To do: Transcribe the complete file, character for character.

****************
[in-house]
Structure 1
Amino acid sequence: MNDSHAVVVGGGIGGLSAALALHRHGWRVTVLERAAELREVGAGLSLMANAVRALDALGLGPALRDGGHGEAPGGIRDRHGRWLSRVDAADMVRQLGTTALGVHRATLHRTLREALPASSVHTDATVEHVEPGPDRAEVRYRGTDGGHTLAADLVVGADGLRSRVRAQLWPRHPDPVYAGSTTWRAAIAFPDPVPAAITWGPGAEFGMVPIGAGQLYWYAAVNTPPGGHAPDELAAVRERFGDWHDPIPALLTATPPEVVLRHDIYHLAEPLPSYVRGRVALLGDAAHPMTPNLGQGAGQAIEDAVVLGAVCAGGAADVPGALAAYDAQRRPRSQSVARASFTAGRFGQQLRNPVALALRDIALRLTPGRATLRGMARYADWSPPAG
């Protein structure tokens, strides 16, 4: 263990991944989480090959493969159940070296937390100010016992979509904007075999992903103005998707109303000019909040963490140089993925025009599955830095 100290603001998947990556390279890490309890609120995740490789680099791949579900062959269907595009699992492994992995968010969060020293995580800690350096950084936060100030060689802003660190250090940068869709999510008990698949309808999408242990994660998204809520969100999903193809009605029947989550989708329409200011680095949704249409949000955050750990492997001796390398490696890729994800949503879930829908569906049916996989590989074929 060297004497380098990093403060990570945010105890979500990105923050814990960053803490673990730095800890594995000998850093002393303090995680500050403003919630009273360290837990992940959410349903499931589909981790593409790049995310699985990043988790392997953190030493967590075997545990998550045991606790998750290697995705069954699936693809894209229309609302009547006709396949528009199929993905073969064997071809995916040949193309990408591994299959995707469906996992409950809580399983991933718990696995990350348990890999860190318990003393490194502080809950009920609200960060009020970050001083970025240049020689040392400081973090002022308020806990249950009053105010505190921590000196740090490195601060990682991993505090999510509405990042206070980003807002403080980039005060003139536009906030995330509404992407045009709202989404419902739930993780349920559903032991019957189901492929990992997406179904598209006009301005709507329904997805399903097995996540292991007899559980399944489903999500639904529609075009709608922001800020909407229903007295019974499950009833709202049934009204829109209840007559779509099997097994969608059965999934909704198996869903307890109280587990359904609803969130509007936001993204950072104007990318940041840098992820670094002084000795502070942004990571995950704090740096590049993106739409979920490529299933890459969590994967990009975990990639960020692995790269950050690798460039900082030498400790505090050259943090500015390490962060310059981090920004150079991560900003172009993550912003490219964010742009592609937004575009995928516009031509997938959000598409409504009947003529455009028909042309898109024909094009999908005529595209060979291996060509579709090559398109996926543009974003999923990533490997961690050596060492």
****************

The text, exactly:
[in-house]
Structure 1
Amino acid sequence: MNDSHAVVVGGGIGGLSAALALHRHGWRVTVLERAAELREVGAGLSLMANAVRALDALGLGPALRDGGHGEAPGGIRDRHGRWLSRVDAADMVRQLGTTALGVHRATLHRTLREALPASSVHTDATVEHVEPGPDRAEVRYRGTDGGHTLAADLVVGADGLRSRVRAQLWPRHPDPVYAGSTTWRAAIAFPDPVPAAITWGPGAEFGMVPIGAGQLYWYAAVNTPPGGHAPDELAAVRERFGDWHDPIPALLTATPPEVVLRHDIYHLAEPLPSYVRGRVALLGDAAHPMTPNLGQGAGQAIEDAVVLGAVCAGGAADVPGALAAYDAQRRPRSQSVARASFTAGRFGQQLRNPVALALRDIALRLTPGRATLRGMARYADWSPPAG
């Protein structure tokens, strides 16, 4: 263990991944989480090959493969159940070296937390100010016992979509904007075999992903103005998707109303000019909040963490140089993925025009599955830095 100290603001998947990556390279890490309890609120995740490789680099791949579900062959269907595009699992492994992995968010969060020293995580800690350096950084936060100030060689802003660190250090940068869709999510008990698949309808999408242990994660998204809520969100999903193809009605029947989550989708329409200011680095949704249409949000955050750990492997001796390398490696890729994800949503879930829908569906049916996989590989074929 060297004497380098990093403060990570945010105890979500990105923050814990960053803490673990730095800890594995000998850093002393303090995680500050403003919630009273360290837990992940959410349903499931589909981790593409790049995310699985990043988790392997953190030493967590075997545990998550045991606790998750290697995705069954699936693809894209229309609302009547006709396949528009199929993905073969064997071809995916040949193309990408591994299959995707469906996992409950809580399983991933718990696995990350348990890999860190318990003393490194502080809950009920609200960060009020970050001083970025240049020689040392400081973090002022308020806990249950009053105010505190921590000196740090490195601060990682991993505090999510509405990042206070980003807002403080980039005060003139536009906030995330509404992407045009709202989404419902739930993780349920559903032991019957189901492929990992997406179904598209006009301005709507329904997805399903097995996540292991007899559980399944489903999500639904529609075009709608922001800020909407229903007295019974499950009833709202049934009204829109209840007559779509099997097994969608059965999934909704198996869903307890109280587990359904609803969130509007936001993204950072104007990318940041840098992820670094002084000795502070942004990571995950704090740096590049993106739409979920490529299933890459969590994967990009975990990639960020692995790269950050690798460039900082030498400790505090050259943090500015390490962060310059981090920004150079991560900003172009993550912003490219964010742009592609937004575009995928516009031509997938959000598409409504009947003529455009028909042309898109024909094009999908005529595209060979291996060509579709090559398109996926543009974003999923990533490997961690050596060492």